Kids: Let's Talk about Abuse

All kids have the right to be safe…

All families are different.  Sometimes what seems every day normal life in one family will not be normal in another.  When you visit your friend from another culture, you may have noticed that they might eat foods that are not the same that you eat at your home or wear different types of clothes.  All children, at the same time, have a right to be cared for in a home where they feel accepted, safe and loved.

All kids have a right to be safe from abuse, although all families are different, there are some things that are never OK to happen to kids.

What is abuse?

Abuse means that an older child or an adult does things like:

  • Touching your body in a way that makes you feel confused, scared, angry, worried or sad
  • Hitting you so that it leaves bleeding, marks or bruises
  • Hitting you on the neck or head
  • Over and over, calling you names, that make you feel sad or bad or that you don’t belong
  • Not giving you a place to live safe
  • Not feeding you
  • Not letting you go to school
  • Hurting other people (like your sister or mum) or animals in front of you, that makes you feel worried, scared or sad

If the people who abuse you are also the people that you want to love you and to keep you safe, remember that you have a right to be safe.  Maybe the adults who are caring for you, do not know how best to do that, need someone to help them.

How would you know if you were being abused?

One of the ways our body tells us what’s going on are feelings.  It’s important not to ignore what we are feeling, because sometimes our body can give us warning that we are not safe.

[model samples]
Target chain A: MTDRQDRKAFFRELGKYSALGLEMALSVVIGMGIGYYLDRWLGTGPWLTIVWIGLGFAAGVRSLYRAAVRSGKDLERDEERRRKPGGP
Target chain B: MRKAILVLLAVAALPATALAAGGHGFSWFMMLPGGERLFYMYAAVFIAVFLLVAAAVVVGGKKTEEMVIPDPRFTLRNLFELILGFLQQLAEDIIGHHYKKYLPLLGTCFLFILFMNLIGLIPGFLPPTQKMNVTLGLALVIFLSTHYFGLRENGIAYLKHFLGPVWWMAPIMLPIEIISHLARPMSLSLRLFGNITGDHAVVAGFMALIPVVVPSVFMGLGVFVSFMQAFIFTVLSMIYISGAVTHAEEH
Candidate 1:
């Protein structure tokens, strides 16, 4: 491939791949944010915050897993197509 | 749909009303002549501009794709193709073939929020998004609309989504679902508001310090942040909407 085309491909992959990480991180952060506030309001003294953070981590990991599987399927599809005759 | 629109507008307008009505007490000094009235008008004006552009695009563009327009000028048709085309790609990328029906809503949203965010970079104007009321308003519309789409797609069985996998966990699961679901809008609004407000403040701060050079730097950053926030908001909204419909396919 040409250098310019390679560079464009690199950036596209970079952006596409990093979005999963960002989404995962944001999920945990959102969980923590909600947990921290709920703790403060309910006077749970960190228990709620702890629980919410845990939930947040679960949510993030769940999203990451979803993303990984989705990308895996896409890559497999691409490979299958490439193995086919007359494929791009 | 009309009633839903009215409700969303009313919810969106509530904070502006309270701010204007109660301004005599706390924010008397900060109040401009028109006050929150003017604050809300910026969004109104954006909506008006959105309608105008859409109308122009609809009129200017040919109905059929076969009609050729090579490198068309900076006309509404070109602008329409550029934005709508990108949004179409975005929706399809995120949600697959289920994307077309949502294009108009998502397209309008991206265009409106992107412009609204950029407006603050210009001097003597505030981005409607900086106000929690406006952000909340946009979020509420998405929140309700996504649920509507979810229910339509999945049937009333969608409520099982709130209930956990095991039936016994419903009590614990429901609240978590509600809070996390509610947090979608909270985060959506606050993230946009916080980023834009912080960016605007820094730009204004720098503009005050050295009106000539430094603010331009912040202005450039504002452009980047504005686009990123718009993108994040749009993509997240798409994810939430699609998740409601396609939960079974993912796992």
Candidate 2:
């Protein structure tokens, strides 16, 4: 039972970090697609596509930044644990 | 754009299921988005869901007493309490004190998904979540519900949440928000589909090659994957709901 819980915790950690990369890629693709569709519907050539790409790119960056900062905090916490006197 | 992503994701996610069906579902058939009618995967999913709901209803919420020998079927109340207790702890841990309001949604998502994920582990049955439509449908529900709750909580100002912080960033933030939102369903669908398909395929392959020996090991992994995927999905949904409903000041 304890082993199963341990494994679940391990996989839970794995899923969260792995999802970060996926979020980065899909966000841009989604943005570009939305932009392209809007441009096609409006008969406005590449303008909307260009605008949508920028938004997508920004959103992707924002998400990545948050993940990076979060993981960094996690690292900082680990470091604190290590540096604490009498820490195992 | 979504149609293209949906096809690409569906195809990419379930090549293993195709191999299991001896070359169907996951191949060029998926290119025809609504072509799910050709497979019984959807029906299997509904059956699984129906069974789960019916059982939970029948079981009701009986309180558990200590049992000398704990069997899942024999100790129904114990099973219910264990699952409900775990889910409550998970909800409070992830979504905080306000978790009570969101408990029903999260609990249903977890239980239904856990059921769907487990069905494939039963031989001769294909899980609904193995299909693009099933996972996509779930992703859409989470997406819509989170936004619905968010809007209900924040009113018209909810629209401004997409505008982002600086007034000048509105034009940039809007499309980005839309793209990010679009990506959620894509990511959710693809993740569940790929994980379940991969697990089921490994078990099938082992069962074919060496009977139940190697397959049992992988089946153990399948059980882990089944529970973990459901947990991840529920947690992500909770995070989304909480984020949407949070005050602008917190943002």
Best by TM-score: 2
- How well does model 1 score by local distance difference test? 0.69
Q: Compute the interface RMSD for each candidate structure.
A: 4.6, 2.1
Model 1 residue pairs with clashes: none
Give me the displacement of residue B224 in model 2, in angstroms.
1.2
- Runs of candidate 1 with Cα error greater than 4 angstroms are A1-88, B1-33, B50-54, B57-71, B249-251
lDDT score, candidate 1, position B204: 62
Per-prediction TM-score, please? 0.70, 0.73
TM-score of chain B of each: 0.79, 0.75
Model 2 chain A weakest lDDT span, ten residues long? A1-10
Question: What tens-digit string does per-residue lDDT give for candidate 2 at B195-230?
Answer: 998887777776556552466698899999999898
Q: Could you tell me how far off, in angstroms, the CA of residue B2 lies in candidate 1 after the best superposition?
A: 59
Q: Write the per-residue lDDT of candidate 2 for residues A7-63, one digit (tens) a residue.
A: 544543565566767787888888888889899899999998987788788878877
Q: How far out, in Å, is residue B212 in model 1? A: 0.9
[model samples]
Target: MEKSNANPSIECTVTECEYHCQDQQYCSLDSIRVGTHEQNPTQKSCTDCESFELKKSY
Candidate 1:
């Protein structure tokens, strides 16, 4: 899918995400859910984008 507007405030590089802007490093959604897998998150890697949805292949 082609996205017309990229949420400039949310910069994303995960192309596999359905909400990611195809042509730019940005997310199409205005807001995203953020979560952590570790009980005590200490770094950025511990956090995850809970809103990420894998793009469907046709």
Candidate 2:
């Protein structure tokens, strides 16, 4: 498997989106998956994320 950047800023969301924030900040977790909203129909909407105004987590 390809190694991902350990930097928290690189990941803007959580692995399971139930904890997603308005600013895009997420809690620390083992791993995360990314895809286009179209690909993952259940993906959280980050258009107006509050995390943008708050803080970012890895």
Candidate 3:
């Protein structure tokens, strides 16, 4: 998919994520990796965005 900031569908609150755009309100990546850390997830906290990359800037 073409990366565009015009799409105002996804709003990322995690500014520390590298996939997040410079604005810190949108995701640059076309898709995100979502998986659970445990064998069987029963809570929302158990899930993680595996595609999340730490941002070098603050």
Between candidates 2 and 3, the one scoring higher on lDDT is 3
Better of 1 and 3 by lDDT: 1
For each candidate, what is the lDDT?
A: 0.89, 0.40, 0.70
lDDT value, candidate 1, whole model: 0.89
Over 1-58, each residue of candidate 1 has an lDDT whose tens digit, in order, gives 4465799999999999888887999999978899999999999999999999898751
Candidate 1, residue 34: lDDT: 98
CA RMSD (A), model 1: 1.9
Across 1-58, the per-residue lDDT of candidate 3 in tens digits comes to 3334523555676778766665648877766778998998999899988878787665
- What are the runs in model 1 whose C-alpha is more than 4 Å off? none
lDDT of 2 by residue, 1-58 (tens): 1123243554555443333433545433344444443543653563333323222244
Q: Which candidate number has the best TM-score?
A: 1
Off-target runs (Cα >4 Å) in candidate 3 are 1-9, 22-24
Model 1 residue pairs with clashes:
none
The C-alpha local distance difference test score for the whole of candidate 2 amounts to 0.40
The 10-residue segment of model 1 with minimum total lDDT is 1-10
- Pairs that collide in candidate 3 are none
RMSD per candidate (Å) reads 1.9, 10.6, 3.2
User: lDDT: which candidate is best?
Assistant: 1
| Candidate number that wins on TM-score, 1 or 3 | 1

When we are happy, and just feel like laughing and smiling, our body tells us by our feelings – we might feel light, jumpy, tingly in your toes.  In the same way, when we are scared the hair on the back of our neck gets prickly, we might feel butterflies in our tummy, we might start shaking and curl up in a ball or we might feel tight in our chest.

What can help?

If someone is touching or hurting you in a way that makes you feel bad, scared, sad, angry or worried you can try to:

  • Say “No” or “Stop” if you can
  • As soon as you can, find a safe place away from the person
  • Talk to someone you feel safe with and someone you trust.

Talking to a safe adult is important, someone who:

  • Believes you,
  • Takes the time to listen and cares about what’s happening to you
  • Helps you to know that is not your fault, what has happened
  • Asks you what you think might help.

To you can be really hard, finding the words to talk about what has happened. Sometimes safe adults can help us to find the words to say and they can ask us questions that help.

Speaking with us in FKSG is a great step. Let’s start talking on the phone or via email.

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